Another way to prepare for higher fuel prices is to find alternative ways to heat your home. For instance, you could install a woodburning stove, a pellet stove (which burns wood pellets), a cob stove (which burns dried corn cobs – great if you live in a farming community since these are often left in the fields to rot), or a masonry heater.
All of these alternative heaters don’t depend on oil to heat your home, and they would work great to supplement your home’s existing heating system.
3. Grow Your Own Food
If gasoline hits $5 per gallon, food prices are going to rise dramatically. Basic necessities like flour, eggs, vegetables and milk will be much more expensive than they are today.
Plus, anything you grow could be bartered for something you need.
4. Buy Some Food In Bulk
As gas prices rise, so does the price of food. And although there are some things you shouldn’t buy in bulk, there are plenty of foods that do keep safely for quite some time. Buying food in bulk is a great way to save money, especially if prices do start to consistently go up.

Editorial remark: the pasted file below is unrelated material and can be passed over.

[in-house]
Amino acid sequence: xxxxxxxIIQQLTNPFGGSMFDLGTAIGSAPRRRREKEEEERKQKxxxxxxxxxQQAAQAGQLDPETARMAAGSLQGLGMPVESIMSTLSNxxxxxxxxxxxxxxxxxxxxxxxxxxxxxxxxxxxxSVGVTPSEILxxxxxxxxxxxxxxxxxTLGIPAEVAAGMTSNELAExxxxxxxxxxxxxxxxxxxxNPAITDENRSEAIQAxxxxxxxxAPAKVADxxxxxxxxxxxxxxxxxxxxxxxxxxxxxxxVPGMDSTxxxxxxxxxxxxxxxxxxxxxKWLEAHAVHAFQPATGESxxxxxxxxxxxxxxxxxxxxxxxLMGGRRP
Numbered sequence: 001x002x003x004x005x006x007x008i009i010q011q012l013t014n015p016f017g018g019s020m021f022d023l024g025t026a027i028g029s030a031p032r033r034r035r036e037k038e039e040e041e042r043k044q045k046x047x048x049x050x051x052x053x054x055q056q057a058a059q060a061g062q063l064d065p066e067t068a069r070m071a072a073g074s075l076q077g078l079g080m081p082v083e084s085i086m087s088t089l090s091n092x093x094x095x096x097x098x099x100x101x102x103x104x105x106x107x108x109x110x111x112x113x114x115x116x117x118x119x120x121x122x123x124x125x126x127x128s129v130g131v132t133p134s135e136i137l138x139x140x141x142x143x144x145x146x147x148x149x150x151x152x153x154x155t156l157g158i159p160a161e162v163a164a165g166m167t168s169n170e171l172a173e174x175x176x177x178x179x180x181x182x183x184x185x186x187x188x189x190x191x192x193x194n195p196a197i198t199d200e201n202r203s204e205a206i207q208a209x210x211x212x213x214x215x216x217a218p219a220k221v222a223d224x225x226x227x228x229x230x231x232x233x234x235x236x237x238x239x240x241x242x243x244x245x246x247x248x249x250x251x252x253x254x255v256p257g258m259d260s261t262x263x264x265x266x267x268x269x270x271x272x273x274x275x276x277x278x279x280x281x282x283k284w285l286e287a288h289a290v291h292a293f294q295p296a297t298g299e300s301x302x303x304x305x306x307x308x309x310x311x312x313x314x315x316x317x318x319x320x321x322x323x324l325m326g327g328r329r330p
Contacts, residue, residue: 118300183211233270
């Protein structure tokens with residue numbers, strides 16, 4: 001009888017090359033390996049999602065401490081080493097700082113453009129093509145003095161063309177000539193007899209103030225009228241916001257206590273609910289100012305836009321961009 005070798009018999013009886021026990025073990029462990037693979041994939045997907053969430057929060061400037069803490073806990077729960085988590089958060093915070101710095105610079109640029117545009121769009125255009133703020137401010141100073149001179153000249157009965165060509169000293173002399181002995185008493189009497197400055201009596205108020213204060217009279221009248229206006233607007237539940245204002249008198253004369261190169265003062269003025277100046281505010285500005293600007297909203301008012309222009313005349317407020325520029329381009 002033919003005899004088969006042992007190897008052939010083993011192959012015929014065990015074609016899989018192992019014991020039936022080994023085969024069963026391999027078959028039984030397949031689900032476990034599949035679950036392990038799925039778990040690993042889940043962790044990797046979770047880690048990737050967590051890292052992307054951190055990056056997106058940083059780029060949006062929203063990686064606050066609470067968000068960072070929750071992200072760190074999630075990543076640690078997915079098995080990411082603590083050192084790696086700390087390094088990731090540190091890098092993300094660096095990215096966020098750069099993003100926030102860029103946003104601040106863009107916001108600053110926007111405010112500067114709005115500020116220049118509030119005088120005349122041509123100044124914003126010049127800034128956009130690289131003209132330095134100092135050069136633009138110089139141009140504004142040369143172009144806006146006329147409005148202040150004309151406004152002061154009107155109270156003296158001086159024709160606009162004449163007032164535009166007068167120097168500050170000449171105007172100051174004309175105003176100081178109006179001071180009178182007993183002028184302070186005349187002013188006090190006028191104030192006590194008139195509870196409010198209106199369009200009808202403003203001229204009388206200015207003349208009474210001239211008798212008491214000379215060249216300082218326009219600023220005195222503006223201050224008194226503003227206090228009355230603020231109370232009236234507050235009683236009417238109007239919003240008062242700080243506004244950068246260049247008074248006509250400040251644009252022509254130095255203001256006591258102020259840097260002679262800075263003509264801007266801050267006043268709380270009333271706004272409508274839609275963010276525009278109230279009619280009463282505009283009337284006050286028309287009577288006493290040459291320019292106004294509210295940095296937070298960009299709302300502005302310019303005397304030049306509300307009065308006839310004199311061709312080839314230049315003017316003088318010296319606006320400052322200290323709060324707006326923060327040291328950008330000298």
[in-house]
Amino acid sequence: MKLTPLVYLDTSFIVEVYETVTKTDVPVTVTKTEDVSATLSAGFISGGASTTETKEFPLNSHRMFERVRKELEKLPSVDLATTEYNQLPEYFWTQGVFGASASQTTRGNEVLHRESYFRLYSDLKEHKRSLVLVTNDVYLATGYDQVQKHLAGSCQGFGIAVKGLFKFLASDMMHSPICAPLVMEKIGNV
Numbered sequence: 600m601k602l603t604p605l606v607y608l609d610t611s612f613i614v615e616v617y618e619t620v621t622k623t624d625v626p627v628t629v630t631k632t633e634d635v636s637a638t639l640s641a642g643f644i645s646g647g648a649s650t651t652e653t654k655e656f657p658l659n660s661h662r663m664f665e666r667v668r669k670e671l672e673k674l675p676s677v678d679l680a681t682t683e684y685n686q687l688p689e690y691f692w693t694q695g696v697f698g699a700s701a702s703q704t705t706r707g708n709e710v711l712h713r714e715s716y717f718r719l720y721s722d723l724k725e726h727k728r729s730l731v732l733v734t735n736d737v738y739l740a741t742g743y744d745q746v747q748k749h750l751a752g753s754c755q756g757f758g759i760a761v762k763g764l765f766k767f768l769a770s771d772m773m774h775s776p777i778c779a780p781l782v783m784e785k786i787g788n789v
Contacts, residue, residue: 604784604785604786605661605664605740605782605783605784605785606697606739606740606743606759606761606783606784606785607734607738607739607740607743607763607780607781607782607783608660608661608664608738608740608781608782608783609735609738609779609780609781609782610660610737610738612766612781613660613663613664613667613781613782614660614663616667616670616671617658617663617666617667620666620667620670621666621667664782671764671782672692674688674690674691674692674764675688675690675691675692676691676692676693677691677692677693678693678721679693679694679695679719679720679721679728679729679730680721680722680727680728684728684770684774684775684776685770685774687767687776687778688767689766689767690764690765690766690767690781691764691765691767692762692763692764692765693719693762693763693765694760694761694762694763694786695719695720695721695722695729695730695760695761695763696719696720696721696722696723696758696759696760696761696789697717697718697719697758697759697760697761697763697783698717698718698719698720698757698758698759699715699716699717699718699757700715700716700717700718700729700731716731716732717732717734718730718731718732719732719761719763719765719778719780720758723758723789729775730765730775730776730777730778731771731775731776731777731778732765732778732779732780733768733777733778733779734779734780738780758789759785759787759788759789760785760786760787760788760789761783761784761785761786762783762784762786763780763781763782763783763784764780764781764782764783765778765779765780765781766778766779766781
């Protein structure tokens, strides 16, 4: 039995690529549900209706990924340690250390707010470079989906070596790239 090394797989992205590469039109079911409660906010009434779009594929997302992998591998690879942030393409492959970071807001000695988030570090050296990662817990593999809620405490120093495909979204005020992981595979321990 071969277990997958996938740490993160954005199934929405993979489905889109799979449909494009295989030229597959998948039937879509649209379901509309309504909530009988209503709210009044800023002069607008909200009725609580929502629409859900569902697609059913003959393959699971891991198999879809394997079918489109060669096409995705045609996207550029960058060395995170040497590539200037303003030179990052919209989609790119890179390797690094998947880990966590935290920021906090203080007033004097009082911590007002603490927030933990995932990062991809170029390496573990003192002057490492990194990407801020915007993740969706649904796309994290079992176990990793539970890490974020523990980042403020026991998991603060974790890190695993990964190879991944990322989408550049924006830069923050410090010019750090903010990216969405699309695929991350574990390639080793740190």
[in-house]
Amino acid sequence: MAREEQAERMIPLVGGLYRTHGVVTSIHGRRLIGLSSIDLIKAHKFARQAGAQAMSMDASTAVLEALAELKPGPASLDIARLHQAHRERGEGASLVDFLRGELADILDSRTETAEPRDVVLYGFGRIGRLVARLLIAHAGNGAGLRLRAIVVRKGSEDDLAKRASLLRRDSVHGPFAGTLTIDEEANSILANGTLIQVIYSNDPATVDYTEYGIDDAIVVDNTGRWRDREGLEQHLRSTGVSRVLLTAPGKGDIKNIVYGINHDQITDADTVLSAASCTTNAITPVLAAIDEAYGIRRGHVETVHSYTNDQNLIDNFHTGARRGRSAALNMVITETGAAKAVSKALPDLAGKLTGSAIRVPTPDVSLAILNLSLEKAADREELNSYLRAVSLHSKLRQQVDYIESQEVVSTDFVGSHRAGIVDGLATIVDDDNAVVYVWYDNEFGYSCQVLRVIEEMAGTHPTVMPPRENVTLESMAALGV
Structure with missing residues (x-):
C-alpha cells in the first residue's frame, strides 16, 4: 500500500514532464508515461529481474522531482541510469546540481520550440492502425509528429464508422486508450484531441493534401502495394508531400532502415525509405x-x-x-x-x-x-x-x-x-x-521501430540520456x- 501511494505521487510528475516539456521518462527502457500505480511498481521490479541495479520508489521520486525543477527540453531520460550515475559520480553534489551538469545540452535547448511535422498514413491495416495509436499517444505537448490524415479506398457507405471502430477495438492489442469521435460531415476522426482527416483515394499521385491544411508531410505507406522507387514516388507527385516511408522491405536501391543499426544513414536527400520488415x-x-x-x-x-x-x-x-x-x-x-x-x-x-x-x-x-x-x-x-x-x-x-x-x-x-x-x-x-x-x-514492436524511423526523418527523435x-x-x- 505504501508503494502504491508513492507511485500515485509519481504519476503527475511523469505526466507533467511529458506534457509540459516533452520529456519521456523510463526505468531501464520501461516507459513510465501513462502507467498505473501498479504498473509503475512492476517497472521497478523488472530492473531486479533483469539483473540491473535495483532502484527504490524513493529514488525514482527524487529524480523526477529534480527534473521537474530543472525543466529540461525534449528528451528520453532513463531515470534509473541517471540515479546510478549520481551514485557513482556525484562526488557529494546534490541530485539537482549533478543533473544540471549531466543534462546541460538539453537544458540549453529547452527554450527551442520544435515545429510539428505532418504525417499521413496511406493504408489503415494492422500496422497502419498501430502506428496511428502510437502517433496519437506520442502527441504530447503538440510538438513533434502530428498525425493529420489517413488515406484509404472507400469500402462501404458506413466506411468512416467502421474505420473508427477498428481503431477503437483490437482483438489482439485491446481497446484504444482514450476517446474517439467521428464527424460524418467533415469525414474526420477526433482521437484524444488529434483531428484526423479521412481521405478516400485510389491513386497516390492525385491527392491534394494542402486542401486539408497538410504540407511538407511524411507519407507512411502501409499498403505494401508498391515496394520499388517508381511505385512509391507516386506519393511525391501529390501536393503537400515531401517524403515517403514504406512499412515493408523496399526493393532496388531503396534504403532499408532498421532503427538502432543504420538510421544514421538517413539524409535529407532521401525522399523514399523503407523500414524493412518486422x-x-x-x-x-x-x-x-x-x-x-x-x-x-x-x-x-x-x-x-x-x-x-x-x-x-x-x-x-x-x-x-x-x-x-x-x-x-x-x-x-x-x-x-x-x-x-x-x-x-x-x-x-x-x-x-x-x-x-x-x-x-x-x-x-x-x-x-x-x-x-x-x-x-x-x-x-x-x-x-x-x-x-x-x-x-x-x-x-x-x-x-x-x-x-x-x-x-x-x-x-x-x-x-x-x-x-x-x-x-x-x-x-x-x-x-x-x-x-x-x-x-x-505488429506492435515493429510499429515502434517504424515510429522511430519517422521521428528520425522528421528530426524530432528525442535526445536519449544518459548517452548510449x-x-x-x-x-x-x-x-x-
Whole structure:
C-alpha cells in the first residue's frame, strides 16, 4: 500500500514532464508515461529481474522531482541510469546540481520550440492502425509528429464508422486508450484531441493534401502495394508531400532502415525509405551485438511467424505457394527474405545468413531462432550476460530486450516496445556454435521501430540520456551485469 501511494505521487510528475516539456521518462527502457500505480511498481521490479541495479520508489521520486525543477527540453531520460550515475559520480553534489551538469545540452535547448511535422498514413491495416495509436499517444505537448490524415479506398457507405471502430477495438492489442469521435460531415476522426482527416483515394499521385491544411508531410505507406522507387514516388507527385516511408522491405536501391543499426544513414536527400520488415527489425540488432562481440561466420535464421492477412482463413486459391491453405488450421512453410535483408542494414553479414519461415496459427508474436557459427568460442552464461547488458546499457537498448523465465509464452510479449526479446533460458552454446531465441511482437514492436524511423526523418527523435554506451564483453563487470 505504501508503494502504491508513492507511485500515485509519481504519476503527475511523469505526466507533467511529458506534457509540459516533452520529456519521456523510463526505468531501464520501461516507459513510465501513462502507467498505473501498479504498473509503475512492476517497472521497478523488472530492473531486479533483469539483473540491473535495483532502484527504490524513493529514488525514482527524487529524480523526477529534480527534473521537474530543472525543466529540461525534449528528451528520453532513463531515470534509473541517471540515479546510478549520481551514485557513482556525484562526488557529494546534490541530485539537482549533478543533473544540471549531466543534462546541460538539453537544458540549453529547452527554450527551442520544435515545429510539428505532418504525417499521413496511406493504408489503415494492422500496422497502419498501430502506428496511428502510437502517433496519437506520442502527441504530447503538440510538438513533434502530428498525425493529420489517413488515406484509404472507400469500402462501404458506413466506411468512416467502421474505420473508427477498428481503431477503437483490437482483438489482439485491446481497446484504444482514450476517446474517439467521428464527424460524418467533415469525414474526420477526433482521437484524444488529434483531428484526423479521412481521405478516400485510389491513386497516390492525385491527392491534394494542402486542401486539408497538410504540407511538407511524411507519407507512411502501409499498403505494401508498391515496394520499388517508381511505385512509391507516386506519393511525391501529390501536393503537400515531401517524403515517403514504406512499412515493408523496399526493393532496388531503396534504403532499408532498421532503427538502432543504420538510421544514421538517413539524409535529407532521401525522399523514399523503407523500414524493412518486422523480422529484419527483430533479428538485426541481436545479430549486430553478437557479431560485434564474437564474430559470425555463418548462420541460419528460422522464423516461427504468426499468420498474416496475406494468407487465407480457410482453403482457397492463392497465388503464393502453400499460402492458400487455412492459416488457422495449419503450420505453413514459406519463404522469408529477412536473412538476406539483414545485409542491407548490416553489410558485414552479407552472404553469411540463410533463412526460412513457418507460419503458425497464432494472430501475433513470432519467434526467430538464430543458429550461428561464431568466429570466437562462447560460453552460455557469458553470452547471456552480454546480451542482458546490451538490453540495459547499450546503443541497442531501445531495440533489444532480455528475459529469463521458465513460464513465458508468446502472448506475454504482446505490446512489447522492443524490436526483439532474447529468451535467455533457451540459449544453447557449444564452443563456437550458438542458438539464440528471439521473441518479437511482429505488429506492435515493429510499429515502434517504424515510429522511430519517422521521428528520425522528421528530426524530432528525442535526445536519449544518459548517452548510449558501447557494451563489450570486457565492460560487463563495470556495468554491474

Food prices are estimated to keep rising for several reasons. For instance, emerging markets like India and China are growing in wealth and this means they’re consuming more food. CBS Moneywatch predicts that grain prices could rise 15%-40% per year over higher demand. It’s the same for dairy, which is expected to go up 16%-45% this year.
These foods keep very well when bought in bulk:
- White rice
- Dried Beans
- Canned Beans
- Peanut Butter
- Canned tomatoes
- Any grain (such as quinoa, lentils, oats and barley)
- Dried Pasta
5. Learn How to Can Your Own Food
One of the best ways to preserve the food you grow is to learn the art of home canning. This is a skill that used to be taught to every member of the family. Nowadays, however, most people think it’s too complex and time consuming to bother with.
But when a jar of jam costs $5 or more, or when a jar of pickles doubles in price, wouldn’t it be nice to save money by doing it yourself while also saving you that gas-consuming trip to the grocery store?